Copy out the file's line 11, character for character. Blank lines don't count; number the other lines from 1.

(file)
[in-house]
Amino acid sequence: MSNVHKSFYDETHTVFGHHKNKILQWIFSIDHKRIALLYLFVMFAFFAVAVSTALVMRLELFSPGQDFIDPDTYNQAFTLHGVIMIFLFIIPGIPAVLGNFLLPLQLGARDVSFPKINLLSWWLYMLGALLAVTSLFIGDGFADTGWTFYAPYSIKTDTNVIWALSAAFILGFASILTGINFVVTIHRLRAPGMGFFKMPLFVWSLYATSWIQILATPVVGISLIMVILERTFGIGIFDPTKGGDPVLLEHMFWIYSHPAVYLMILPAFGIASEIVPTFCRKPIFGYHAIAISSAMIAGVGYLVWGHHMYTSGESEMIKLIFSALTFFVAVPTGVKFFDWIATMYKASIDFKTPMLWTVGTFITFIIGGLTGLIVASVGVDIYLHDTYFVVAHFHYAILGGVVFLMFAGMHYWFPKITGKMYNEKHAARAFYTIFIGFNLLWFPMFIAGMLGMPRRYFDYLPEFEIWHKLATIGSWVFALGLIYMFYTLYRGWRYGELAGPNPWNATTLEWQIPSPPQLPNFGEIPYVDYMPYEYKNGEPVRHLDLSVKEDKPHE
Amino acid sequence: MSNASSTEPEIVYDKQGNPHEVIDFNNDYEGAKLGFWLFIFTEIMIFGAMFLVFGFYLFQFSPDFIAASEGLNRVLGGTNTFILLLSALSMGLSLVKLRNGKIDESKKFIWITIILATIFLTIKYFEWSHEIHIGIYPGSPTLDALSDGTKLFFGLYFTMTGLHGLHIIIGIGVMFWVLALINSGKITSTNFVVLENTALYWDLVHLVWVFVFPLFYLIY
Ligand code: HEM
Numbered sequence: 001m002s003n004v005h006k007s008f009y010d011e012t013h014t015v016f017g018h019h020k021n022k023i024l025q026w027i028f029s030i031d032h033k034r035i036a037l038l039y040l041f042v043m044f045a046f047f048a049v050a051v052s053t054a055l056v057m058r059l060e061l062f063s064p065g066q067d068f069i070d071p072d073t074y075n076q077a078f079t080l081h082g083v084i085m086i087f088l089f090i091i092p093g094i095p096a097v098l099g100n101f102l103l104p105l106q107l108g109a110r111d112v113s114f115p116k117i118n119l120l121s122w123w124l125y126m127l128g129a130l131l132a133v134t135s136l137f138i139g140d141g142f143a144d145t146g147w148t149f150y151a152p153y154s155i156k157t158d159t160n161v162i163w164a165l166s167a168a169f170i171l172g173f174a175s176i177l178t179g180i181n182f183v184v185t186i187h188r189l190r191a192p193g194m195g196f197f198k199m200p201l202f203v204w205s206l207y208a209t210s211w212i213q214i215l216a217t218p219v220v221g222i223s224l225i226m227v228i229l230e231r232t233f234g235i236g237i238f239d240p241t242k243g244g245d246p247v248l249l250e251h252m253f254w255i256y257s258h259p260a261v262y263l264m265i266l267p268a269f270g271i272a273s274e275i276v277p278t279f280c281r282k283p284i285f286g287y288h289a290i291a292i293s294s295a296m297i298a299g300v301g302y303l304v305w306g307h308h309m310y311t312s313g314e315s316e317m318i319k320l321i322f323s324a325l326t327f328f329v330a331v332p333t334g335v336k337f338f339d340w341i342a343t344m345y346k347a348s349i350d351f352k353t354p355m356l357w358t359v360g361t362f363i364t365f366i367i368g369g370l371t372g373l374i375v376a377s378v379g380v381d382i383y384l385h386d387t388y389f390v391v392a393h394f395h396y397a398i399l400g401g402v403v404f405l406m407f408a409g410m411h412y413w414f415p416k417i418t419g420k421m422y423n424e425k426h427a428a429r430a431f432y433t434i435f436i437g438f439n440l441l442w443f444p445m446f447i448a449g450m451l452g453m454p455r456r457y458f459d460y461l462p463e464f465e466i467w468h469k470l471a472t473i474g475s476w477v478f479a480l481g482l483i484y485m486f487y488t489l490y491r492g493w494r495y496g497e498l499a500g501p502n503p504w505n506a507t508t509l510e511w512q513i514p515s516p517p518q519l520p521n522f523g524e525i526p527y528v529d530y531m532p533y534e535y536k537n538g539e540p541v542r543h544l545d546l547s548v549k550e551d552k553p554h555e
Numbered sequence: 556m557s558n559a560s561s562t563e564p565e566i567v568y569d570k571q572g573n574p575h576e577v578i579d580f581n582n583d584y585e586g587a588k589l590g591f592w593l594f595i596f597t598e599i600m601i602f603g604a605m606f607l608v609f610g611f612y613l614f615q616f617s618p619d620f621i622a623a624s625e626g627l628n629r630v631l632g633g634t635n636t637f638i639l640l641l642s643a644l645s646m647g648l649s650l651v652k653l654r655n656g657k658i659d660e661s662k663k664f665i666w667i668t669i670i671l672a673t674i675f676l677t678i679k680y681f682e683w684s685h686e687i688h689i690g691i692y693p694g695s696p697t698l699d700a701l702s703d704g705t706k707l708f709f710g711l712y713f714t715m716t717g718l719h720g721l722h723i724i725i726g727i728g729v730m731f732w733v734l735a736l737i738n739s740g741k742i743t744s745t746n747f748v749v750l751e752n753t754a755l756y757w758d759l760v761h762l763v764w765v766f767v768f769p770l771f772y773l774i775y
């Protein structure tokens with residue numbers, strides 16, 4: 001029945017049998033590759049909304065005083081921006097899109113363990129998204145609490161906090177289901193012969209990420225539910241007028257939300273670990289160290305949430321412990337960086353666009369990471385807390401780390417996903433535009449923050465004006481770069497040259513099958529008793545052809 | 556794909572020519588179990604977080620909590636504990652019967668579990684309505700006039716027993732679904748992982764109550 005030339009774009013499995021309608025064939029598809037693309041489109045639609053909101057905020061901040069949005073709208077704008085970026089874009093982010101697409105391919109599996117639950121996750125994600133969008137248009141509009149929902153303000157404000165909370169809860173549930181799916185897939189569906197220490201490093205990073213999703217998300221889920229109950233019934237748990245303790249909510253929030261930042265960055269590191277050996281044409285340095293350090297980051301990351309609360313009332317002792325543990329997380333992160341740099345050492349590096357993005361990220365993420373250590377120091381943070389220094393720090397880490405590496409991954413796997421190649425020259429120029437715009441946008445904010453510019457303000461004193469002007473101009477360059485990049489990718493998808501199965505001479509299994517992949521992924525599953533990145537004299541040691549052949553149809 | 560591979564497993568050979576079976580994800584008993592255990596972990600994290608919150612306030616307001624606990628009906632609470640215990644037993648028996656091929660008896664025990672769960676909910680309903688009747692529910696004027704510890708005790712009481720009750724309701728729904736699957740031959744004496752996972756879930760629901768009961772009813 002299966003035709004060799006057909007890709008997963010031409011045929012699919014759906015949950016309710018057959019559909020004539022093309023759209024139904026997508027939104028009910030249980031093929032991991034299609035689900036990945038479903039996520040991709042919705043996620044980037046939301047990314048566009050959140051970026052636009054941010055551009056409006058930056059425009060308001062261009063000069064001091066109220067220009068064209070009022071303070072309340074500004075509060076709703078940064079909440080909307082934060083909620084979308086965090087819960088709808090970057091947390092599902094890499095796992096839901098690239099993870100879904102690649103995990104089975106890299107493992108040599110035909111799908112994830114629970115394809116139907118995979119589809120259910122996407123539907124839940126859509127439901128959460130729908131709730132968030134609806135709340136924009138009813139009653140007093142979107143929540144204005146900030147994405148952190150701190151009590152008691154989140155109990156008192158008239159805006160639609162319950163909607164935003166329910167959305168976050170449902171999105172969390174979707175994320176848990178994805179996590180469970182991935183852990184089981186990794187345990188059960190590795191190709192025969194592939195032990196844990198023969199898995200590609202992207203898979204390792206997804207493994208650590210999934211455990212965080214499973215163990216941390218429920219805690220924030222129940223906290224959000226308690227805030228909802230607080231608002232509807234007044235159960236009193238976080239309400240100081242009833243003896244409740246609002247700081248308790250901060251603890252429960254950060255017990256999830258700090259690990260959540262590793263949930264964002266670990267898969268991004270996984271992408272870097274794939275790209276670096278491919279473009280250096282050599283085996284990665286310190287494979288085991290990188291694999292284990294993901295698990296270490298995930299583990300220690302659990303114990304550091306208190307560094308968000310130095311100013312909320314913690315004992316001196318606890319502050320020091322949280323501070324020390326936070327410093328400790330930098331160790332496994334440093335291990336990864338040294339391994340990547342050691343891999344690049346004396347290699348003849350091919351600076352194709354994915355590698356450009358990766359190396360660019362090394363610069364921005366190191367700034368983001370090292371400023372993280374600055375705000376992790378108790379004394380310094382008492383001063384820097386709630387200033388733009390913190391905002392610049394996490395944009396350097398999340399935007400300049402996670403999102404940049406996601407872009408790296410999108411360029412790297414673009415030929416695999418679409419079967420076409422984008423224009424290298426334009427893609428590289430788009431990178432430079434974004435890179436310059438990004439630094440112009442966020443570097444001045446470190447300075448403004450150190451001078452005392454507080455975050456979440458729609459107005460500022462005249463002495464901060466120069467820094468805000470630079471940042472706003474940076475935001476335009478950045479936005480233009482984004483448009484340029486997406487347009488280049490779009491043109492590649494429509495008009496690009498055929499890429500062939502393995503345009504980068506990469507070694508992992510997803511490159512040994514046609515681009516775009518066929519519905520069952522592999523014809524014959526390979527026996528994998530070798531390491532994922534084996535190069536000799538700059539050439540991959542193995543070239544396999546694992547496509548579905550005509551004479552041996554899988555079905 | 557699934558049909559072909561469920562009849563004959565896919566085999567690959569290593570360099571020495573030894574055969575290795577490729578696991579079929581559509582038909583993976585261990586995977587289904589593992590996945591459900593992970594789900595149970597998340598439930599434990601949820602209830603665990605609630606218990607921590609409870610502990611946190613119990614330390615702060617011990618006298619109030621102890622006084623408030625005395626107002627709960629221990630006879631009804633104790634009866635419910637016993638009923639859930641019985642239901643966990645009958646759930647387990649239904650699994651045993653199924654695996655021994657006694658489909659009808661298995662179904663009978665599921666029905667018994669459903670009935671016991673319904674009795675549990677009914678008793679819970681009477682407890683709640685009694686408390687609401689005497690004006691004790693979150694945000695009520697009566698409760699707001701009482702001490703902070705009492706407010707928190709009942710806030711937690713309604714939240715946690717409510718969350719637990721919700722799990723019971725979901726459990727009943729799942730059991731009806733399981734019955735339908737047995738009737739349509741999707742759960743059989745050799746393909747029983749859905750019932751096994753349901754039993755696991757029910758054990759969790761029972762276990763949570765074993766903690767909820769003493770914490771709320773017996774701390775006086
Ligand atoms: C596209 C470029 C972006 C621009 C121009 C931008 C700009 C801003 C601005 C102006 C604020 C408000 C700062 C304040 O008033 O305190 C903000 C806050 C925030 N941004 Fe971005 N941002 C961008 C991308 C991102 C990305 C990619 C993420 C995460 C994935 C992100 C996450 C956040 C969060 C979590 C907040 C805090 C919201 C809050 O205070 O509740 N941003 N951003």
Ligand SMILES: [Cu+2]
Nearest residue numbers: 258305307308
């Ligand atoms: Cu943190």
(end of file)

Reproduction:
């Ligand atoms: Cu943190």